Last week the unappetizing leader of Zimbabwe, Robert Mugabe, was awarded the Confucius Peace Prize. This prize, eponymously named after the Chinese Philosopher, is often described as China's equivalent of the Nobel Peace Prize. According to the committee Mugabe has "overcome difficulties of all kinds and has strongly committed himself to constructing his nation's political and economic order, while strongly supporting pan-Africanism and African independence." That Mugabe could be deserving of a peace prize is obviously laughable. A frequent human rights violator, he has overseen repeated bouts of ethnic cleansing. Between 1982 and 1985 nearly 20,000 people were executed and buried in mass graves. While constructing his nation's "political and economic order" Mugabe has presided over a 40% fall in GDP since the year 2000. He has also publicly described homosexuals as "worse than dogs and pigs".
Mugabe therefore is not a paragon of peace, and the decision to award him a peace prize has been met with raised eyebrows and blanket condemnation. What is less clear however is to what extent this prize really is China's genuine alternative to the Nobel. The prize was set up in 2010 after the jailed Chinese dissident Liu Xiaobo was awarded the Nobel Peace Prize, which was presented in Oslo to an empty chair, much to the Chinese government's chagrin.
The Chinese government however did not set up the Confucius Peace Prize, nor are they directly involved in the proceedings. The prize was conceived and is administered by a group of wealthy Chinese businessmen in Hong Kong operating under the moniker "The Association of Chinese Indigenous Arts in the People's Republic of China." Despite initial claims by the group that they were working under the auspices of the Chinese Ministry for Culture, the Ministry has rigorously denied any association. The name of the award is intentionally misleading as it conflates the prize with the current government-sponsored rehabilitation of Confucius' legacy.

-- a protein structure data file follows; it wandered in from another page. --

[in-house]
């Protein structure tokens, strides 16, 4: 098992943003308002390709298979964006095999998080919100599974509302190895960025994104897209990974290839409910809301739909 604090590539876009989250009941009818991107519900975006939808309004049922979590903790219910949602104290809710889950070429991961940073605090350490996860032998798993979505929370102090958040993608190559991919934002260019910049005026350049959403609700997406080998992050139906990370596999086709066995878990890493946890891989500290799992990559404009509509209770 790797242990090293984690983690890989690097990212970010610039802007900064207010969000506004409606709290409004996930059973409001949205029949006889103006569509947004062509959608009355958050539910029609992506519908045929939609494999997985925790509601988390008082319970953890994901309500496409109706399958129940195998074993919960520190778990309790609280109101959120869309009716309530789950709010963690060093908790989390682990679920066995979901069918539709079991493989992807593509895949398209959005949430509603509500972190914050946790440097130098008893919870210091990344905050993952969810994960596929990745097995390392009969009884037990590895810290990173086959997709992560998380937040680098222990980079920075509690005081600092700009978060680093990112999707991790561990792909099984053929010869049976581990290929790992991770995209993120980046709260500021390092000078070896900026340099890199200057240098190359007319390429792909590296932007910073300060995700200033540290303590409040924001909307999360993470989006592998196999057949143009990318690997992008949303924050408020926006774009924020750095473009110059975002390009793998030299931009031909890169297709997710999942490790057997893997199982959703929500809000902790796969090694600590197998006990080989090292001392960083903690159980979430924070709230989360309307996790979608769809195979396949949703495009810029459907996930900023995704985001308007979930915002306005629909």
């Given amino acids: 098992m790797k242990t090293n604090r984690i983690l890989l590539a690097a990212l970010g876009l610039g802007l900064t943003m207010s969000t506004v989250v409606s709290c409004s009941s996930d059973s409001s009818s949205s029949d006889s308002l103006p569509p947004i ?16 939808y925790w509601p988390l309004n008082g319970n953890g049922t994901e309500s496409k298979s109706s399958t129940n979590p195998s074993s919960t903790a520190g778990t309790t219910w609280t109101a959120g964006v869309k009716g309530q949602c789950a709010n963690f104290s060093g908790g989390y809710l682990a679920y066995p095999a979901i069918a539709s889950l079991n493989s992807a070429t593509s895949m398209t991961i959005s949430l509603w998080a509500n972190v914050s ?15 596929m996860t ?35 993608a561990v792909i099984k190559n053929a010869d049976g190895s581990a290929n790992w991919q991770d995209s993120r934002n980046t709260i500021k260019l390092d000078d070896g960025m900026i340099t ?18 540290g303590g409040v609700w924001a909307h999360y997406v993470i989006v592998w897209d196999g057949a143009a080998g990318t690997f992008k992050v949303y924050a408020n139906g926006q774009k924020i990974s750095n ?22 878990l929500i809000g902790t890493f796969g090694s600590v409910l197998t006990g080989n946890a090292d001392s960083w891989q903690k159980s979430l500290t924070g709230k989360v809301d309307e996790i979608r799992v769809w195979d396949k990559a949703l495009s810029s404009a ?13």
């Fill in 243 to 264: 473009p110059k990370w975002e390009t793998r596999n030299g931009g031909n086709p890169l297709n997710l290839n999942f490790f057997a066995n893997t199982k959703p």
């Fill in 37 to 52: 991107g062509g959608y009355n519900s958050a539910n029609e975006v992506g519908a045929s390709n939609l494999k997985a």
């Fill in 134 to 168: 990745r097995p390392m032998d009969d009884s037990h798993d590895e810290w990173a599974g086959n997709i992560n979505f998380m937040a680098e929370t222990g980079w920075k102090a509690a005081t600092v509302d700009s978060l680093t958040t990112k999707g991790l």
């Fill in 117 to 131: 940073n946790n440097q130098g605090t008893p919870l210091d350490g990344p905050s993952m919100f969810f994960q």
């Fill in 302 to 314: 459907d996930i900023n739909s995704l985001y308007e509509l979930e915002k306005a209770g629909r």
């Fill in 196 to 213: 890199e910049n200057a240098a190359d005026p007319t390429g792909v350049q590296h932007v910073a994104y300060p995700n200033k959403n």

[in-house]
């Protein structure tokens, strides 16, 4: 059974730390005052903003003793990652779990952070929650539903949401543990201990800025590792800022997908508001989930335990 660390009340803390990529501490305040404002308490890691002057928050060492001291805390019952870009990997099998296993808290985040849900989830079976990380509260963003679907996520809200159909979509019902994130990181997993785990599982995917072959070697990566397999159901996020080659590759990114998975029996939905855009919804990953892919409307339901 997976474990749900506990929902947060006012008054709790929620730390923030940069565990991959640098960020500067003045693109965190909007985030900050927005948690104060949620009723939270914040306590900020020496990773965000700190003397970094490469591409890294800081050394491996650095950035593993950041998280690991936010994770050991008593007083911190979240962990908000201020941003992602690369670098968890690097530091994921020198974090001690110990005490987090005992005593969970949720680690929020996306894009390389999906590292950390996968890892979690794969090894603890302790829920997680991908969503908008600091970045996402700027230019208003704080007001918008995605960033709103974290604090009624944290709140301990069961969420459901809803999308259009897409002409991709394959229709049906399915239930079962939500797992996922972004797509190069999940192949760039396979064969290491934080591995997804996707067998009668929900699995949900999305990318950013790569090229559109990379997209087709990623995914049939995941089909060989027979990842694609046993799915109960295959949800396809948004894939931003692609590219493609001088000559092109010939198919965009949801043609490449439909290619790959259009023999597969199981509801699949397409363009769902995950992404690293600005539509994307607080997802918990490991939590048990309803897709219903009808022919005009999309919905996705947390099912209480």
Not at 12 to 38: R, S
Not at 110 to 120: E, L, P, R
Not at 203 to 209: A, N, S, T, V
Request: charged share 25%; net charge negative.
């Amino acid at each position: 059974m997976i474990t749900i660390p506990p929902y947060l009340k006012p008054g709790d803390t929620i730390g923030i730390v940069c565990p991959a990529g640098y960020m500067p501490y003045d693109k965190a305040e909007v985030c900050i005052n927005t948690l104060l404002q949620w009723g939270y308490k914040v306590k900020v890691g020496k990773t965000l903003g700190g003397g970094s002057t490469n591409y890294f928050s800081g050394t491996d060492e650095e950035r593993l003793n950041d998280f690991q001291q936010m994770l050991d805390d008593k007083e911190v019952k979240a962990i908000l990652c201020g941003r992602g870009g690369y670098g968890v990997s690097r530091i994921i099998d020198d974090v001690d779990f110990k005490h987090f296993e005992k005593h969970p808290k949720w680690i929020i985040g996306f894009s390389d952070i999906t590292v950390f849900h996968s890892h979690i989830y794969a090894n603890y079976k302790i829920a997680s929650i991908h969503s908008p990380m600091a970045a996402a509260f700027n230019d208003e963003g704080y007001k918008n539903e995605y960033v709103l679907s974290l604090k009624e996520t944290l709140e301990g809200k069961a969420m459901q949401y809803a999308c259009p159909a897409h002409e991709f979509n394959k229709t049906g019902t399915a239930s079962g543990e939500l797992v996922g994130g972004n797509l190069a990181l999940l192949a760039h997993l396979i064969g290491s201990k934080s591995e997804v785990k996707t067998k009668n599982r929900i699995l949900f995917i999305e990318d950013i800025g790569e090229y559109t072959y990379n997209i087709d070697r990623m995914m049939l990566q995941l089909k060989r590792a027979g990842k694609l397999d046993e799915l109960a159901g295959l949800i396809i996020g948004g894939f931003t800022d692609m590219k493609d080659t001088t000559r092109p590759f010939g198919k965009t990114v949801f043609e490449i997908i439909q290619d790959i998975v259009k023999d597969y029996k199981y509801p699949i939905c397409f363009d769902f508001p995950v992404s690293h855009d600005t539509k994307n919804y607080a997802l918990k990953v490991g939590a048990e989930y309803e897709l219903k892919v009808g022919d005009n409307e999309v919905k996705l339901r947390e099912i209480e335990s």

The prize is not directly supported nor awarded by the Chinese government. While some may argue that the government must provide at least tacit support for the award, the fact that it is administered in Hong Kong allows the organizers more freedom than if they were operating from within the mainland. It is also likely the case that the Chinese government sees no value in closing the awards as to do so would have the inverse effect of giving the organizing committee greater credibility. It would also force the government into an awkward position of having to take a position in regards to human rights that contravenes it's avowed policy of strict non-intervention in the domestic affairs of sovereign nations.
This is an important point to make as the prize annually garners widespread attention. Much has been made of the grim cast of previous recipients; including luminaries such as Vladimir Putin and Fidel Castro.
None of the recipients of the awards have ever actually travelled to receive it in person, nor have they shown any real interest in the accolade. The Taiwanese government dismissed it as "amusing" after former KMT Secretary General Lien Chan won the inaugural prize. This year Mugabe, after finding out the award had no relationship to the Chinese Government itself, politely declined it.
The problem with the recent reporting of this prize is that it plays all too easily into a simplified narrative of China as a human rights abuser and supporter of totalitarian regimes the world over. By understanding that this prize is not representative of the Chinese government or of contemporary thinking in regards to human rights or international affairs in China we can focus on issues of actual importance. There is a pressing need for a nuanced and evolving dialogue with China over human rights. By overplaying the significance of something as esoteric and isolated as this award we are missing the wood for the trees.